determining K_{2 }by increasing source power to the maximum value, measuring susceptance and changing K_{2 }until the expression yields the measured value of susceptance.

η=

Description

This application is a continuation of U.S. application Ser. No. 10/440,364, filed May 16, 2003 by Daniel Hoffman, entitled PLASMA DENSITY, ENERGY AND ETCH RATE MEASUREMENTS AT BIAS POWER INPUT AND REAL TIME FEEDBACK CONTROL OF PLASMA SOURCE AND BIAS POWER and assigned to the present assignee.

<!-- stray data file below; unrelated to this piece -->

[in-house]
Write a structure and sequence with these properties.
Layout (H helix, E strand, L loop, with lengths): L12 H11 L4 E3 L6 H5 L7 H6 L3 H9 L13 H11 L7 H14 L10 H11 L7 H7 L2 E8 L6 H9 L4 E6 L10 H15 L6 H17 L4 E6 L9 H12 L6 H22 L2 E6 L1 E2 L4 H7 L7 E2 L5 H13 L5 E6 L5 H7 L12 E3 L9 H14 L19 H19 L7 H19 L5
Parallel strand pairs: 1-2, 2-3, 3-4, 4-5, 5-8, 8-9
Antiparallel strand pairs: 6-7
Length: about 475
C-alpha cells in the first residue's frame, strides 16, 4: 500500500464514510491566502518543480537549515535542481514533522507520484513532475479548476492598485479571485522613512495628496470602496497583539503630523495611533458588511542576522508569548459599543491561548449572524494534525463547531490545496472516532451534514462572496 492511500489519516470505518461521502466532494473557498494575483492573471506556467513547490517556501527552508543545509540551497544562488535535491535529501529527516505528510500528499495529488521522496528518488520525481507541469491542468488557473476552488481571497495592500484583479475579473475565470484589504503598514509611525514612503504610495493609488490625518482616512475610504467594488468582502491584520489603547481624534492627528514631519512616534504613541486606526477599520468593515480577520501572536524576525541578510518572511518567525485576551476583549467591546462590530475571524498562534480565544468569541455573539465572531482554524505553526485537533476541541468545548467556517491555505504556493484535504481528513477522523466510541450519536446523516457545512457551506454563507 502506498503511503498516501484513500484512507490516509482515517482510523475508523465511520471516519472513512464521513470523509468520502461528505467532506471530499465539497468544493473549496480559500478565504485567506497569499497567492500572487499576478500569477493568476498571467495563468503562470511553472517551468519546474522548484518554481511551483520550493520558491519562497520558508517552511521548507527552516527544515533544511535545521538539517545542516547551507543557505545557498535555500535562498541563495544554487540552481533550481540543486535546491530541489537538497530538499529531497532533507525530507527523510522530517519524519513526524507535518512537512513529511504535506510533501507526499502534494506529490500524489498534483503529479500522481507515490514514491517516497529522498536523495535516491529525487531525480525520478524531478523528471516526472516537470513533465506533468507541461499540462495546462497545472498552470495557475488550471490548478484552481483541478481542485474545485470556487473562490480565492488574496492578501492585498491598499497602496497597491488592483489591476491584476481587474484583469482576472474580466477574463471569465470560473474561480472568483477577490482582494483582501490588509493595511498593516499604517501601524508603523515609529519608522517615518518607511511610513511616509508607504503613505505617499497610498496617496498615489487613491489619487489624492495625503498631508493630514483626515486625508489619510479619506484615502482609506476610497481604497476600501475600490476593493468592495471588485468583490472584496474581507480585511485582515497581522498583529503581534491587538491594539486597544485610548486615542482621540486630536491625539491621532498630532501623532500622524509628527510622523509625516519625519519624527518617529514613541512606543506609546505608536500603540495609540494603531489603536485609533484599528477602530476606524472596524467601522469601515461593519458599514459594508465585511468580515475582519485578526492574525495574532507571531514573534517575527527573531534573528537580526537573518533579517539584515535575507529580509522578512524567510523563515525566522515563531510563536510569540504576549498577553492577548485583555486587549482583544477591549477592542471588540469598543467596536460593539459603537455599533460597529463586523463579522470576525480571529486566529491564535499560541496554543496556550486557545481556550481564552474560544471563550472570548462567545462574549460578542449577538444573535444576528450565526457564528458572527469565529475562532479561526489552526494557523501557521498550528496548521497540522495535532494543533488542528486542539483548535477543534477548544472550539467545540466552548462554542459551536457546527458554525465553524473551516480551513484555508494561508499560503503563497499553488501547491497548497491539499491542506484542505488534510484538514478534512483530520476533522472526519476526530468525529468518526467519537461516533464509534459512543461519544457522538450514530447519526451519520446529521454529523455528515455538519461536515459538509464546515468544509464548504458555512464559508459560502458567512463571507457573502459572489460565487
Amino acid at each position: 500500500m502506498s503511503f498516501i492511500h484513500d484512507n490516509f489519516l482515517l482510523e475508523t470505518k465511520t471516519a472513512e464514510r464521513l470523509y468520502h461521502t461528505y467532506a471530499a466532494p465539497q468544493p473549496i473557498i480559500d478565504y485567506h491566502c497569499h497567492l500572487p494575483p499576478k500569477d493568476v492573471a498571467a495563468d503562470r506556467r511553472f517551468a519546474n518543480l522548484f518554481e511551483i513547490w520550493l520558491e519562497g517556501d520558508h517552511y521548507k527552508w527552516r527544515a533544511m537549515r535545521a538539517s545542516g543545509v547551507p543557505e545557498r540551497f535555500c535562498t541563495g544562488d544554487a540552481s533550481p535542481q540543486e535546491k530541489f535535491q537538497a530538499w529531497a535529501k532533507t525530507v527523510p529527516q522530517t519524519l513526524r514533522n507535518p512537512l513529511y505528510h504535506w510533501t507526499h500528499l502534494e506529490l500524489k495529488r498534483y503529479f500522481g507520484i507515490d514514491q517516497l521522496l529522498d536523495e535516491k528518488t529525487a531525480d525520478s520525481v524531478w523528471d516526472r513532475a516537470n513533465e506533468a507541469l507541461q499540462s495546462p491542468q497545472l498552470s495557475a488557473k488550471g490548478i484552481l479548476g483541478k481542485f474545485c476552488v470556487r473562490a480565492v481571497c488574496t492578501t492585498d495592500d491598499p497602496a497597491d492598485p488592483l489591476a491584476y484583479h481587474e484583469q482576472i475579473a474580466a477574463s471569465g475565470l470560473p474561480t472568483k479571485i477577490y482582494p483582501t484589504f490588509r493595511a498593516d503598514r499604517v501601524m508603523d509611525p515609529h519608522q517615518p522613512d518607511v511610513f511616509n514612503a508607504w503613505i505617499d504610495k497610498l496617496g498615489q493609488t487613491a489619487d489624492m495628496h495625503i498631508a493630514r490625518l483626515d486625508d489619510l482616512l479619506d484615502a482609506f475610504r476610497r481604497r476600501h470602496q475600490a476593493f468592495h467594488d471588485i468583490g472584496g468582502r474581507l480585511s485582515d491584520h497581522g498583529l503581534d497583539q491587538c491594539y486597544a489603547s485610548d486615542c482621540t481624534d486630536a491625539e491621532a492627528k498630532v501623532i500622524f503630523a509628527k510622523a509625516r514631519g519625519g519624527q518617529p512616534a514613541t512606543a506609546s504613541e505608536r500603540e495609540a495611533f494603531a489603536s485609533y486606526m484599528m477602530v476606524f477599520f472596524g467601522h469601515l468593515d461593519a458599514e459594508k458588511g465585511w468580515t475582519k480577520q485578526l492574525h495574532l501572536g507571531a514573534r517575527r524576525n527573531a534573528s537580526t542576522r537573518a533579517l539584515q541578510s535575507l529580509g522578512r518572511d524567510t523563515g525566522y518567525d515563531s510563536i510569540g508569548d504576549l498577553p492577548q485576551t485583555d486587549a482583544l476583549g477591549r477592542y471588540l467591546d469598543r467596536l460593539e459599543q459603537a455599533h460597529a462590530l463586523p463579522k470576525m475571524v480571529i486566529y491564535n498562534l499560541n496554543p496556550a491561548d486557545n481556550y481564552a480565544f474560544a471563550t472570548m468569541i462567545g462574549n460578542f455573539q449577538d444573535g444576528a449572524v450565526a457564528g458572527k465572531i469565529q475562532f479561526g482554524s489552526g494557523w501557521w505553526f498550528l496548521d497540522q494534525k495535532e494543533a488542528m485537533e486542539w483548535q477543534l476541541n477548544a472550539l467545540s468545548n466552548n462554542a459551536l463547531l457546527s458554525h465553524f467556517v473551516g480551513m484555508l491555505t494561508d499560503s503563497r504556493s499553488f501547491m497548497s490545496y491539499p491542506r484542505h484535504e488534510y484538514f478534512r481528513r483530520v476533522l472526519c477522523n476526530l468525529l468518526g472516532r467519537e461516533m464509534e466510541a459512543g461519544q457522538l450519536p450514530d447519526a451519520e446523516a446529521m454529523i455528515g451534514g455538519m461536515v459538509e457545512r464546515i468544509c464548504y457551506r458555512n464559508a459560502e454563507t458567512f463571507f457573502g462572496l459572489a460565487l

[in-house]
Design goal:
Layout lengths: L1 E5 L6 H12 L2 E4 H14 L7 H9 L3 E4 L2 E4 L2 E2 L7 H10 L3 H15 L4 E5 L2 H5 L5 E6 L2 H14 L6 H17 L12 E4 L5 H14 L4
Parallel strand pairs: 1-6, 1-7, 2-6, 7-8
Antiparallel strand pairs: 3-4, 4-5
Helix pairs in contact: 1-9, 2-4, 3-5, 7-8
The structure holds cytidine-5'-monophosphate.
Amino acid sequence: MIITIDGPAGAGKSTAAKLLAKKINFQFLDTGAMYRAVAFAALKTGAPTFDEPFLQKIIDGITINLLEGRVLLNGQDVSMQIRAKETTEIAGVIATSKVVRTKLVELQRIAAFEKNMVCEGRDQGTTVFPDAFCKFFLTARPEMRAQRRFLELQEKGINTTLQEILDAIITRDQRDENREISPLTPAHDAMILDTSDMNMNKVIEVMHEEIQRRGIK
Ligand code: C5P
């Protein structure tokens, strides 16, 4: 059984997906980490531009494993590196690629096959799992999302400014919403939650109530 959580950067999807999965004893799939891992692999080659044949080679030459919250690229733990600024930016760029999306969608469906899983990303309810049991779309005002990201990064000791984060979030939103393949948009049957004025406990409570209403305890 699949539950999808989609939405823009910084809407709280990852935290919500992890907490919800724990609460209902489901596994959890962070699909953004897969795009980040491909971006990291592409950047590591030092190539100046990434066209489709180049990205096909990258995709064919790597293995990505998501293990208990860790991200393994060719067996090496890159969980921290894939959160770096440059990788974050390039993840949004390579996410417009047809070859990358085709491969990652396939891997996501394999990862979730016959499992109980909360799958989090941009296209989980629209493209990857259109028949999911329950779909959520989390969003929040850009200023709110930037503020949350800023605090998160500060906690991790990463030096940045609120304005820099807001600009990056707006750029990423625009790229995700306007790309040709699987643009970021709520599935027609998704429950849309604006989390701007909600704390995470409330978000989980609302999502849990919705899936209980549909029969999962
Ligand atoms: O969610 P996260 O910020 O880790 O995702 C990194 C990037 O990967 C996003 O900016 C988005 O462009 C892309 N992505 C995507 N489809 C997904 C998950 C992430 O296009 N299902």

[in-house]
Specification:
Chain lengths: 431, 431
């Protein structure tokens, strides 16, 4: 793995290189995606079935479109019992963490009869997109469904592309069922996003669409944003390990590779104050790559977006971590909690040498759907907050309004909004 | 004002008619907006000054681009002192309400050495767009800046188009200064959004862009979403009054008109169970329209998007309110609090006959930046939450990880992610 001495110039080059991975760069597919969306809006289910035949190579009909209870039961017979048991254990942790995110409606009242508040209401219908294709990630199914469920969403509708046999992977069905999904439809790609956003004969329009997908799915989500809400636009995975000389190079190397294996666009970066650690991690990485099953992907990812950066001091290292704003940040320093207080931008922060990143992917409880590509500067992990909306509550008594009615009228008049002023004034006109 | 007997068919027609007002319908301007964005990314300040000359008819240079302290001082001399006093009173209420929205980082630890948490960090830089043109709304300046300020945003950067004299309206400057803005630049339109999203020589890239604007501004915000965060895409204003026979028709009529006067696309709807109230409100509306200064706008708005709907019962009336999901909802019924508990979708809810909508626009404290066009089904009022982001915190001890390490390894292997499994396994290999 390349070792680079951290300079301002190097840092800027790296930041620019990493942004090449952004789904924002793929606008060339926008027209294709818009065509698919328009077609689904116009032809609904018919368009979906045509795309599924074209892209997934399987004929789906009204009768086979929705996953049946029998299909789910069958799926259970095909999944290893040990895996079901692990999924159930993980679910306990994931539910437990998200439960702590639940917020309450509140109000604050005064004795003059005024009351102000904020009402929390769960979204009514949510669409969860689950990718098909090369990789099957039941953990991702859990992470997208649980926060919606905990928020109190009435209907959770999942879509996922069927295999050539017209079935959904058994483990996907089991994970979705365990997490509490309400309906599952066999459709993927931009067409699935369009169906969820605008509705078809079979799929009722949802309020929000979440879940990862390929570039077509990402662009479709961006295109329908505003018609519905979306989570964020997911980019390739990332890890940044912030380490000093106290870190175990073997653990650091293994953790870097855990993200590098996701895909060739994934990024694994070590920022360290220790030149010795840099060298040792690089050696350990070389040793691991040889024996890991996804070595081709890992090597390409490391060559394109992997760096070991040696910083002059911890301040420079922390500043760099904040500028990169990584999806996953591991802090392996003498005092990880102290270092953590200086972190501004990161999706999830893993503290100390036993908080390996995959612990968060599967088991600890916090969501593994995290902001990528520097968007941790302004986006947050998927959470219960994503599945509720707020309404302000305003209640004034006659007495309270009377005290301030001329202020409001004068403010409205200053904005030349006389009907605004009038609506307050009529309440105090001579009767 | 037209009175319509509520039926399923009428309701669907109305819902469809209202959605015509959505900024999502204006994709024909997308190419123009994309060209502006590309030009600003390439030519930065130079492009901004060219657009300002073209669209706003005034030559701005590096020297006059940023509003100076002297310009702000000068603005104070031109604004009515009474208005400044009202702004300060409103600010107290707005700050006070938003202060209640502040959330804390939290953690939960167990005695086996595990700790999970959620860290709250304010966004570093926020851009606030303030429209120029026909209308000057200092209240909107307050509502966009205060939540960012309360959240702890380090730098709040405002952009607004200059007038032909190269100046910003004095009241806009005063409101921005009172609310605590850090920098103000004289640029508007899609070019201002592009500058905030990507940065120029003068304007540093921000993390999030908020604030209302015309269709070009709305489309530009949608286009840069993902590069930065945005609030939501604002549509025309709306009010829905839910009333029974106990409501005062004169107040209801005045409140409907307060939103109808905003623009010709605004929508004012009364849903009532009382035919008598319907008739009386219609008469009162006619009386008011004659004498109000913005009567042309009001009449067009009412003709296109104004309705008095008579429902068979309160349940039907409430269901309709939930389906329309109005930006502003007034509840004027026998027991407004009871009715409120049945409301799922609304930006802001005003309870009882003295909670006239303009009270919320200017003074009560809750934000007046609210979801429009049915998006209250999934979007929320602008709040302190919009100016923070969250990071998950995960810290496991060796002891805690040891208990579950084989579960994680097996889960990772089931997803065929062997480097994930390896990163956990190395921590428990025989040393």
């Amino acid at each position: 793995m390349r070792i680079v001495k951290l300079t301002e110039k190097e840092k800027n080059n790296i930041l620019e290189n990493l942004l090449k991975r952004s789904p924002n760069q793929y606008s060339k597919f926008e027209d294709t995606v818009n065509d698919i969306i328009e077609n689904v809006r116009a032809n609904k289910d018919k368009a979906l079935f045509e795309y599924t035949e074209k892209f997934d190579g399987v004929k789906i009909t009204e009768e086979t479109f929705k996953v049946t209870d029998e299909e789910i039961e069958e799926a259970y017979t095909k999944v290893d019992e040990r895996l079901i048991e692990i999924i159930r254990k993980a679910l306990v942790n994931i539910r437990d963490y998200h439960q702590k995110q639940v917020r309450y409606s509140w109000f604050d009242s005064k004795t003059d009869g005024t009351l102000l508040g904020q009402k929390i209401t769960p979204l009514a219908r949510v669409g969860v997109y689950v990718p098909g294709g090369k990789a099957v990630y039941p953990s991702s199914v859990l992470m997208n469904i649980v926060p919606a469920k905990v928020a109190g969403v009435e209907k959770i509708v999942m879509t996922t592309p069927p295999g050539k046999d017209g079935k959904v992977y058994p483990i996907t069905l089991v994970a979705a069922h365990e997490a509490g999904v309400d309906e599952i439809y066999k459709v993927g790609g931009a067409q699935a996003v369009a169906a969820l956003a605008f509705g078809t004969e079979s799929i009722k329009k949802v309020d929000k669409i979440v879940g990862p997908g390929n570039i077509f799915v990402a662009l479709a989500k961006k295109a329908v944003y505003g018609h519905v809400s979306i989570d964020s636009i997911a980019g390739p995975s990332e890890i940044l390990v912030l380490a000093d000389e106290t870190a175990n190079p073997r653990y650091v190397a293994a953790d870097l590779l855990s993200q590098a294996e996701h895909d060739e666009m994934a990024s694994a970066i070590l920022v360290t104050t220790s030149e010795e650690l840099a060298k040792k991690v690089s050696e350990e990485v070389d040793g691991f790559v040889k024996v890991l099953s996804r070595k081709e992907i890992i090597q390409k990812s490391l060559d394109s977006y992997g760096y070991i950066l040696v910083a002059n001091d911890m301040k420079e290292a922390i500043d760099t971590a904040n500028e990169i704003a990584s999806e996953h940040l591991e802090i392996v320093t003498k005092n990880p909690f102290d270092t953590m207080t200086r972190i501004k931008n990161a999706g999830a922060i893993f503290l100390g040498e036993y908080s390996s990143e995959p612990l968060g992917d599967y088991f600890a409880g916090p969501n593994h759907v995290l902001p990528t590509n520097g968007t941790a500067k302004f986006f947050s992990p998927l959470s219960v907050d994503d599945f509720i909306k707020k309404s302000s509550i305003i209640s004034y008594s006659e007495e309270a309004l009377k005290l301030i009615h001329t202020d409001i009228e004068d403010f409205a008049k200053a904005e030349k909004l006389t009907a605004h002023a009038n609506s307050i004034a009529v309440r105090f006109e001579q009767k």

Plasma reactors employed in microelectronic circuit fabrication can etch or deposit thin film layers on a semiconductor substrate. In a plasma reactive ion etch process, the etch rate, ion density, wafer voltage and wafer current are critical in controlling etch selectivity, wafer heating, etch striations, ion bombardment damage, etch stopping, feature size and other effects. Such control becomes more critical as feature size decreases and device density increases. The main problem is that present techniques for measuring etch rate, ion density, wafer voltage and wafer current tend to be highly inaccurate (in the case of the wafer voltage) or must be performed by examining a test workpiece or wafer at the conclusion of processing (in the case of etch rate). There appears to be no accurate technique for measuring these parameters in “real time” (i.e., during wafer processing). As a result, the plasma reactor control parameters (source power, bias power, chamber pressure, gas flow rate and the like) must be selected before processing a current workpiece based upon prior results obtained by processing other workpieces in the chamber. Once target values for each of the reactor control parameters have been chosen to achieve a desired etch rate or a desired wafer voltage or a desired ion density, the target values must remain the same throughout the process step, and all efforts are dedicated to maintaining the chosen target values. If for example the chosen target value of one of the control parameters unexpectedly leads to a deviation from the desired processing parameter (e.g., etch rate), this error will not be discovered until after the current workpiece has been processed and then examined, and therefore the current workpiece or wafer cannot be saved from this error. As a result, the industry is typically plagued with significant losses in materiel and time.